Date of Award

Summer 6-13-2017

Degree Type


Degree Name

Doctor of Philosophy (PhD)


Public Management and Policy

First Advisor

Ann-Margaret Esnard

Second Advisor

Joseph Hacker

Third Advisor

Dan Immergluck

Fourth Advisor

Kyle Mangum

Fifth Advisor

John Thomas


Development of heavy rail intra-urban public transportation systems is an economically expensive policy tool for State and Local Governments that is often justified with the promise of economic development and neighborhood revitalization around station areas. However, the literature on the effects of rail intra-urban transit stations on neighborhoods is relatively thin, particularly on the socioeconomic effects. This quasi-experimental study evaluated the effect of heavy rail intra-urban transit stations on surrounding neighborhoods, using Atlanta, Georgia and its transit authority, the Metropolitan Atlanta Rapid Transit Authority (MARTA), as a case study. Atlanta is an expansive American city, with a large public transportation system, but low population density and no large-scale policies promoting growth around MARTA rail stations. The study period, 1970 to 2014, covers the entire period of MARTA’s existence – stations opened between 1979 and 2000. Neighborhood change was operationalized with a neighborhood change index (NCI), built on the Neighborhood Life-Cycle framework, with an adaptation that incorporates both the filtering (negative NCI) and gentrification (positive NCI) models of neighborhood change. The study differentiates between an initial effect of new MARTA rail stations, and a long-term effect. Control groups were formed using one and three mile buffers, as well as a matching strategy. Difference-in-difference (DID) models find very little evidence of a positive relationship of NCI with the opening of new MARTA rail stations. The economic recovery that began in 2010 is of special interest for housing research. To address this time-period this study utilized two models, with mixed results. The DID model suggested a negative effect of stations on the NCI. To control for selection bias in the 2010 to 2014 economic time-period, this study utilized propensity score matching to balance the treatment and control group on observed characteristics. A time and tract fixed effects model using the matched treatment and control groups found a significant positive effect of stations on neighborhood change. To test the long-term effect, a time and tract fixed effects model (1970-2014) with the NCI as the dependent variable found a positive NCI effect of MARTA stations on neighborhoods. Therefore, overall, positive neighborhood change (on the NCI scale) can be attributed to MARTA transit stations. Since 2002 MARTA ridership has slightly declined; therefore, the study concludes that given stagnant ridership, lack of supporting policy, and the finding of a positive relationship between MARTA transit stations and gentrification, the stations are a positive amenity, and are a significant contributor to neighborhood change. However, neighborhoods are heterogeneous on many dimensions, and the effect of rail intra-urban transit stations on neighborhoods may depend on the tract’s location, service characteristics, accessibility, and many other unobserved characteristics. Future research will supplement this methodology with additional data and compare the effect of intra-urban transit stations on neighborhood change in other cities to better address potential neighborhood heterogeneity.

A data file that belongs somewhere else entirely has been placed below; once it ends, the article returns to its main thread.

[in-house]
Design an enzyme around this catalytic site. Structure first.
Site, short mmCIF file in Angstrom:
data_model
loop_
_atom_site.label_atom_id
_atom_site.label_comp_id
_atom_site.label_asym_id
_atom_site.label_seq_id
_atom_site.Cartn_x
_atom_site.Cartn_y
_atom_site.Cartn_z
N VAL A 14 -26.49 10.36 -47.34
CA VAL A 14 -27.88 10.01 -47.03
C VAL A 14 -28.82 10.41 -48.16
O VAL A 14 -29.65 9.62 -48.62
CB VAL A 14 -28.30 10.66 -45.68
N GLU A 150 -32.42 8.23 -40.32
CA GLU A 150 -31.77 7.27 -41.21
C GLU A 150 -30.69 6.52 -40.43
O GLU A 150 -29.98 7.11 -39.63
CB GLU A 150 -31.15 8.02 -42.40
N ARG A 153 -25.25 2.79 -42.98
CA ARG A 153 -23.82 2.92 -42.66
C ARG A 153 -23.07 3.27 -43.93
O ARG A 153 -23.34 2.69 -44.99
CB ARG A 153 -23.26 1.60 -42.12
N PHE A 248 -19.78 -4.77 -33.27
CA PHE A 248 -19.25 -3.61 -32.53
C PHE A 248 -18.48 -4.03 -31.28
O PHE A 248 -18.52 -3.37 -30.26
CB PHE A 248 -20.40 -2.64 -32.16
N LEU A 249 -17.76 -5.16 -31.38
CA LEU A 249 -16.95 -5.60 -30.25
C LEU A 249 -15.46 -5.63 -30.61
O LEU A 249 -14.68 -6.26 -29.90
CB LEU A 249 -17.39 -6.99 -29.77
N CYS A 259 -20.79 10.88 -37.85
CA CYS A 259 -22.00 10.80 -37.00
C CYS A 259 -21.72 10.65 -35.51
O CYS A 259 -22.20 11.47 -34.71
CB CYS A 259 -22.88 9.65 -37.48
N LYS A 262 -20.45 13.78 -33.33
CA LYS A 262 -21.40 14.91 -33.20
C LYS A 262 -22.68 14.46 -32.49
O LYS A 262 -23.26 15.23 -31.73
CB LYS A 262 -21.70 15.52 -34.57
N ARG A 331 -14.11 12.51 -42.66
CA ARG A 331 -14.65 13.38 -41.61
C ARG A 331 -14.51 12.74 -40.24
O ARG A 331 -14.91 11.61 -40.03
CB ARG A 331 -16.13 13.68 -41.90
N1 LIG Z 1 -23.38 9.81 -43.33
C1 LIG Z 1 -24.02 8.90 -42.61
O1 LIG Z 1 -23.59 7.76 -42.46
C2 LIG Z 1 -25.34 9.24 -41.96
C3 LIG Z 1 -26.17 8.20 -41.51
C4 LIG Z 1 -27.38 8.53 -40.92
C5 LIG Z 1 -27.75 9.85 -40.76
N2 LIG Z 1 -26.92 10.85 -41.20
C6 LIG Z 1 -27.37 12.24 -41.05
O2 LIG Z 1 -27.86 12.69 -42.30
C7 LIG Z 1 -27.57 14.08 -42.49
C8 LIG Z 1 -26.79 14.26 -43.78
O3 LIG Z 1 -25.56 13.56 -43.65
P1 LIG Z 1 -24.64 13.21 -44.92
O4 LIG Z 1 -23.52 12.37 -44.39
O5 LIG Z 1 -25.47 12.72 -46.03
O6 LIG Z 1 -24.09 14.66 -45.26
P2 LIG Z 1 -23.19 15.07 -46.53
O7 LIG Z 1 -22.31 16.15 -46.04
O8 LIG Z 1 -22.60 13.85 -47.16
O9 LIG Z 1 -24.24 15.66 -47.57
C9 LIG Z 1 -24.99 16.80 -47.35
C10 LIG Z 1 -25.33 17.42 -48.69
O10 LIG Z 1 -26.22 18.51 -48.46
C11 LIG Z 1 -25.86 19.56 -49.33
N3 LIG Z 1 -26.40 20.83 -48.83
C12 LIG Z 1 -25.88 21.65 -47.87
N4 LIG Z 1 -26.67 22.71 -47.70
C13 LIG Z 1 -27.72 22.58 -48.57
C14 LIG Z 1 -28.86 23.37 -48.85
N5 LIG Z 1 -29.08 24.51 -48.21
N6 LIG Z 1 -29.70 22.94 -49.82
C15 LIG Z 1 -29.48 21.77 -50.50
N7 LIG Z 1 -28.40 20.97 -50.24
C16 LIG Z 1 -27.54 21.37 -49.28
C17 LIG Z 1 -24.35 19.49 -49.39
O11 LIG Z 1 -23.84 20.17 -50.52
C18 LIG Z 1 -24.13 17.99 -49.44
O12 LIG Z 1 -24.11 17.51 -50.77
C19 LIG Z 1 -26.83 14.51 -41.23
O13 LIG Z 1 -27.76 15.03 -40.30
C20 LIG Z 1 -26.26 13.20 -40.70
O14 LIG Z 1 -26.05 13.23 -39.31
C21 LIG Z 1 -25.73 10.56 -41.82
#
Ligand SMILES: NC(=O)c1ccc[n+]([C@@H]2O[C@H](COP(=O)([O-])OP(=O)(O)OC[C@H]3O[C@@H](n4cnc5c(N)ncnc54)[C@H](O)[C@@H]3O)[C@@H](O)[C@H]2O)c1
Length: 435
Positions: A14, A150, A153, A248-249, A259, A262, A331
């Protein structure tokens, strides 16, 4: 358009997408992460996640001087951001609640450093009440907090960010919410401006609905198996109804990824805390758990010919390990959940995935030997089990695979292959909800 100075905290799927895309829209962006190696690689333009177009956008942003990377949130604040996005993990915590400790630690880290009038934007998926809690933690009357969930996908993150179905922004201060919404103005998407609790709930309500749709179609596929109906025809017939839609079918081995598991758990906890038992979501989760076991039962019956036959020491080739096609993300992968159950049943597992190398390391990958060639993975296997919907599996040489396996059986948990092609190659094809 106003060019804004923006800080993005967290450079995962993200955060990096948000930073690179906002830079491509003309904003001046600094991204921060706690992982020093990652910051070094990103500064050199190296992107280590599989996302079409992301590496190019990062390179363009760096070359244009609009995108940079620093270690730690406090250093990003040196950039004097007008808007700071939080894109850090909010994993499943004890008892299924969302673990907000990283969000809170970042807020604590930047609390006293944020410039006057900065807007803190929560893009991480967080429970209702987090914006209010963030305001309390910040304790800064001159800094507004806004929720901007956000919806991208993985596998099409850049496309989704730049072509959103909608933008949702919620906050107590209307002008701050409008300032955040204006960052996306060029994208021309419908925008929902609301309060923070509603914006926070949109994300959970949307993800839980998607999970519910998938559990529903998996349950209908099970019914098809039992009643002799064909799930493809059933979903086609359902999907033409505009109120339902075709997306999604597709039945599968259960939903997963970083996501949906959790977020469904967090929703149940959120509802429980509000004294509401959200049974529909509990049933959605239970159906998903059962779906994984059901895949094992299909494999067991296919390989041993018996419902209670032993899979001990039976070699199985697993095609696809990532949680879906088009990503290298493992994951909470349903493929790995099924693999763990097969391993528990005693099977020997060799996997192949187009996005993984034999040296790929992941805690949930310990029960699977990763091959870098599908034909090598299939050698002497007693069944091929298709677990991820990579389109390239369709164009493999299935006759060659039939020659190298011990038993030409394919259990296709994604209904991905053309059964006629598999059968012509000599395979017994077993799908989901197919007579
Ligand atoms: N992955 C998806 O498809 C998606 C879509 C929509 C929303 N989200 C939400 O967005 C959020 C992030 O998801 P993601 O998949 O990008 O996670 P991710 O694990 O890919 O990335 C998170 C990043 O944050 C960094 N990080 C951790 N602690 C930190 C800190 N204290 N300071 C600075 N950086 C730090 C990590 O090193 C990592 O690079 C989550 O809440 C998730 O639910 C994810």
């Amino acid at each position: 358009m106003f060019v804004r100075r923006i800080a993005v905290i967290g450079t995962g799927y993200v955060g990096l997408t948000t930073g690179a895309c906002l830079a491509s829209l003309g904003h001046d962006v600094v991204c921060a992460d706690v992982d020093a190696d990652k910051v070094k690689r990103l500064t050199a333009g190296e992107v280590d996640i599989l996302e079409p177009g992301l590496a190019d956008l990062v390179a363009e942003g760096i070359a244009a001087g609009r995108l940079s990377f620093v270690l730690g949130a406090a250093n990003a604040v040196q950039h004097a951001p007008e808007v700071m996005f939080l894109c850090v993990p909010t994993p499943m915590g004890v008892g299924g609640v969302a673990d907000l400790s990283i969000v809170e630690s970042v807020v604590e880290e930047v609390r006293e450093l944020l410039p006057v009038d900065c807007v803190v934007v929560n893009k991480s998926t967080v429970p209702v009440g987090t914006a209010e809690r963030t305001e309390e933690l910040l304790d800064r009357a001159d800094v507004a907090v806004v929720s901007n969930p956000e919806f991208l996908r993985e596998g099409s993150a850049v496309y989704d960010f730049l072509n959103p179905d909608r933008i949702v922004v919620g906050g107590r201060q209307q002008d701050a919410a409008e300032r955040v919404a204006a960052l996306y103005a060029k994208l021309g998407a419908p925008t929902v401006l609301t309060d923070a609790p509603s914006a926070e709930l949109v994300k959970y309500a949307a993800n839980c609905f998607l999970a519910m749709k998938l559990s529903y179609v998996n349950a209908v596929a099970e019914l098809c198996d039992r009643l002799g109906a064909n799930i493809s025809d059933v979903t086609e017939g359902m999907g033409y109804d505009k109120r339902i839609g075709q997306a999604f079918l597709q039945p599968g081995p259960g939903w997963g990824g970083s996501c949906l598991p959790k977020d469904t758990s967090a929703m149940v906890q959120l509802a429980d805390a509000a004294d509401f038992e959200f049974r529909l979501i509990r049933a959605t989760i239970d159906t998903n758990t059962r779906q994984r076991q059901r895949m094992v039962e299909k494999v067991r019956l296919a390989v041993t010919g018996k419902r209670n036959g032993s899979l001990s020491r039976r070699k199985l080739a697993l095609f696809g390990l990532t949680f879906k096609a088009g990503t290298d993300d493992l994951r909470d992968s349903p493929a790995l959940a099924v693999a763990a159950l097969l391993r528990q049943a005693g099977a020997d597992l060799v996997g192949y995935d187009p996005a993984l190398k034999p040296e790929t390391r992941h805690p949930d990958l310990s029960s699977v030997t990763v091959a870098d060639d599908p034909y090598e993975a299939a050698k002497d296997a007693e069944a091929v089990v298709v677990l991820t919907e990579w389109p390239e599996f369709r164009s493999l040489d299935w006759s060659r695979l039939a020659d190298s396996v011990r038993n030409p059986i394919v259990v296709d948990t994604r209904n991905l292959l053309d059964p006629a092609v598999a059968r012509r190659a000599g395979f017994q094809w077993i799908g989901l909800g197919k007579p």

Available for download on Tuesday, June 26, 2018